Custodial Steele
Part 2

Remington was frozen in place as he looked at the dark haired little boy with big blue eyes and a sad face- too sad a face for his young years, he thought, wondering if his own face had been the same way. He couldn't look at Laura. Not yet. It was one thing for an old flame to suddenly reappear- but a child- "Oh dear God," he said again.

Answering Johnny's question, Laura said, "Well, I'm Laura, and that's-" but Johnny was walking across the room until he was standing in front of Remington.

"Are you 'arry?" he asked.

"I used to be, yes," Remington told the child, his voice roughened with emotion. "A long time ago, when I - knew your -mother."

Johnny pulled a folded piece of paper from the pocket of his faded denims and held it out. "This is for you."

Remington unfolded the envelope carefully, seeing the name "Harry" scrawled across the white surface. His fingers clenched tightly around the envelope. "How- How old are you, Johnny?"

Johnny held up five fingers. "Five."

"Do you- do you know when your birthday is?"

"Christmas," Johnny answered. "Mum says I was 'er Christmas present," Johnny told him proudly.

"And a wonderful Christmas present you were," Laura said, coming forward to steer the child to the sofa with her.

"'What's your name?" Johnny asked, showing no sign that he was afraid of being around so many strangers.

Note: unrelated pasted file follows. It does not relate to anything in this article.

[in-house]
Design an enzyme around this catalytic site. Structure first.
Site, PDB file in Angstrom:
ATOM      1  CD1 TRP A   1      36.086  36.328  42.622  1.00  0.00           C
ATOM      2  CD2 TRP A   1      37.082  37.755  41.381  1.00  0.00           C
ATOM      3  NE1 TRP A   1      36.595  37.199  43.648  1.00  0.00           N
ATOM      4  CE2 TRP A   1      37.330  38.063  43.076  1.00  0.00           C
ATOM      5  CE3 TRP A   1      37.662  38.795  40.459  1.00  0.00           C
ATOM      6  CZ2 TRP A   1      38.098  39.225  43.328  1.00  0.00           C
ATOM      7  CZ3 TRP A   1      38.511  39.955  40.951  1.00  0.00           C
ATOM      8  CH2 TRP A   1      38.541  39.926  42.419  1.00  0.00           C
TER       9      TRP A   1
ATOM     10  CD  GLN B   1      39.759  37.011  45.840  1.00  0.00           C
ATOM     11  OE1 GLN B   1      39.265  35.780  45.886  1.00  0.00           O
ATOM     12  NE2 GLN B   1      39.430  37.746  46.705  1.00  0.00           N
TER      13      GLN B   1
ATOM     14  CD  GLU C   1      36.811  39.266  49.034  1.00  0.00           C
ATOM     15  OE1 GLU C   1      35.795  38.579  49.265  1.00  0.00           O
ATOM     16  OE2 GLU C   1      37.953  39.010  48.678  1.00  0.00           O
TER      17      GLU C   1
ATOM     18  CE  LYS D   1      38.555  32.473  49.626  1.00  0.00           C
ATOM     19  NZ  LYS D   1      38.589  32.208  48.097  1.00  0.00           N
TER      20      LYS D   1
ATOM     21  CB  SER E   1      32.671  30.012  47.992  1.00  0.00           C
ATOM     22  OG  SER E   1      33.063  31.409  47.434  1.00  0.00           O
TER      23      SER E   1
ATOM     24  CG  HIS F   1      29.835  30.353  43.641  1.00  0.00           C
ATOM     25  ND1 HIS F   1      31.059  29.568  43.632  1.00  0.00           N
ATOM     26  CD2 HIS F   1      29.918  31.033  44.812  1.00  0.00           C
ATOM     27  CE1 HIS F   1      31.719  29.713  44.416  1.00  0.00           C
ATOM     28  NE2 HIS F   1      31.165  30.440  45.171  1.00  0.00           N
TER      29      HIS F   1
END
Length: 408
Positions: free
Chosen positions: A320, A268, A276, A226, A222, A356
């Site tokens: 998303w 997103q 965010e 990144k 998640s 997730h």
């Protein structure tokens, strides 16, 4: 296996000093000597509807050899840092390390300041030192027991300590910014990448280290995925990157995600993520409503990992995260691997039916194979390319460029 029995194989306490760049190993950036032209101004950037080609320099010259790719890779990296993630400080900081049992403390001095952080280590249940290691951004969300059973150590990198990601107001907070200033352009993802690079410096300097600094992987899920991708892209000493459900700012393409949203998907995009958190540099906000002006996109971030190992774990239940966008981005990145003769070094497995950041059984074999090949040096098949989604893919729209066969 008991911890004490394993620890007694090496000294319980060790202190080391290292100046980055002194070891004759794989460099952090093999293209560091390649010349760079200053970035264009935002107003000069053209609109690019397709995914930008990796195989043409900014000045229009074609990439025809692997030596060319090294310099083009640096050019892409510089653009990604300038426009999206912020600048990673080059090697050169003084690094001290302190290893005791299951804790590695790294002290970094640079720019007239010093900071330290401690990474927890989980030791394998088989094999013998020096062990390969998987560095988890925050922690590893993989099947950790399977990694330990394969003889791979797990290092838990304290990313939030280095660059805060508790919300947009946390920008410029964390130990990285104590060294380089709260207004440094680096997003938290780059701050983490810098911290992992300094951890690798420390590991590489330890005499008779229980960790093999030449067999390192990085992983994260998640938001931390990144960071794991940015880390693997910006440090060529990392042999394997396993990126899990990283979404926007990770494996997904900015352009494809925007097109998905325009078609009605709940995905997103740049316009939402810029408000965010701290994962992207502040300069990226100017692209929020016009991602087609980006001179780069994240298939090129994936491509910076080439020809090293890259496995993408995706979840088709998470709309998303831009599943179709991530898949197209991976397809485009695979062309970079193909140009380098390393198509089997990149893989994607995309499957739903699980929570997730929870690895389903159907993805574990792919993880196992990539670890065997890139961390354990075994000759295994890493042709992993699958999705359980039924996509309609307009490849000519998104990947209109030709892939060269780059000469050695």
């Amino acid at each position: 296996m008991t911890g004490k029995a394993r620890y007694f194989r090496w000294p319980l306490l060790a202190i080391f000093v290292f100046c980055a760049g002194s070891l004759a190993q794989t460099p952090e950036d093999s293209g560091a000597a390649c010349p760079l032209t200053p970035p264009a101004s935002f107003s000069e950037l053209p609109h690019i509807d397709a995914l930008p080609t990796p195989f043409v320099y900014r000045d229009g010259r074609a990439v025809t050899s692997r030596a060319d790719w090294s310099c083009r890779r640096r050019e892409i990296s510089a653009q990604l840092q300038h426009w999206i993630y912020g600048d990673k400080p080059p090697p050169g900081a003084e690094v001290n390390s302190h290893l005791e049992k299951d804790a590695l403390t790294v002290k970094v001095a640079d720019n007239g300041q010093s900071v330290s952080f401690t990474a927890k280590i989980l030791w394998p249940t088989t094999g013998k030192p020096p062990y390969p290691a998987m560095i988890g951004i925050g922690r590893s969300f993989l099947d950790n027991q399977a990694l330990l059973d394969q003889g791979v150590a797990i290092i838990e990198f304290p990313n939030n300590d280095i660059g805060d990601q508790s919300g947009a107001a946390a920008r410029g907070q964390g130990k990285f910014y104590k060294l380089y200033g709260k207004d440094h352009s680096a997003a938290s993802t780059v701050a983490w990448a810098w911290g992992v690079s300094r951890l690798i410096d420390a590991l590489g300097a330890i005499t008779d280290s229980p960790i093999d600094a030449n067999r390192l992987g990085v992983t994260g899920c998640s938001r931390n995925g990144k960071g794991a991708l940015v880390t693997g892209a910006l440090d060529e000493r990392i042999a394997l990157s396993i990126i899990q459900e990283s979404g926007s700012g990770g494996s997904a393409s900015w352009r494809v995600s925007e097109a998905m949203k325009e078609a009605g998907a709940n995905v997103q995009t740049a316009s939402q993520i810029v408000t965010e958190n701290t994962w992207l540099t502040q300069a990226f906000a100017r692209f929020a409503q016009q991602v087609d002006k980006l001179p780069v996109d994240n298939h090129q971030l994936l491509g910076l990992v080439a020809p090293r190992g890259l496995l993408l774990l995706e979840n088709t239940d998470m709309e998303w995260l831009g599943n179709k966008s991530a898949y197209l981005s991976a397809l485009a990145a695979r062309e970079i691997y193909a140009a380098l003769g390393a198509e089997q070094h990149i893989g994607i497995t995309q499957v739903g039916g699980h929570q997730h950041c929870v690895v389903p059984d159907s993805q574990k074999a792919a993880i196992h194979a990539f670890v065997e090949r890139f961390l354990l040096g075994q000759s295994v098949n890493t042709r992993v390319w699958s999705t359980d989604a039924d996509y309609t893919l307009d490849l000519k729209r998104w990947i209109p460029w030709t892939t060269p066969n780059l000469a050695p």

"My name is Laura. Johnny, do you know why your mommy left you here?" she asked.

Johnny's little face darkened, and he nodded. "But I'm not s'posed to tell anyone."

"Well, I think your mommy would say it was okay to tell us, don't you- Harry?" she asked pointedly.

"She said for 'im to read the letter. That'd 'e'd understand and take care of me til she came back for me. She always comes back, you see."

Laura looked at Remington, then pointedly at the note in his hands. "Why don't Johnny and I go into the other room while you look at that?" she suggested, rising from the sofa and holding out her hand to the little boy. "Care to join us, Mildred?" she suggested more than asked.

Mildred looked torn between wanting to stay and take care of Remington or joining Laura. But Remington looked at her and nodded. "I'm okay, Mildred. Go on. Help Laura look after the lad."

She nodded and followed Laura and Johnny into the bedroom, closing the doors behind them as Remington's attention turned to the letter in his hand. He rose slowly and went to the writing desk across the room, where he picked up a letter opener and slit the flap to remove two sheets of paper. Sitting in the chair at the desk, he started to read.


Laura sat on the edge of the bed with Johnny. "Where's your father, Johnny?"

"Got no father," he told her, looking at the magazine that she'd given him to occupy him.

Laura looked up at Mildred. "What about the man your mother- your mother's husband?"

Johnny pointed to a picture of a fast car. "Oooh."

"It's a nice car, isn't it?"

"Vroom," he said, pretending to be the car in the picture. "Vroom vroom."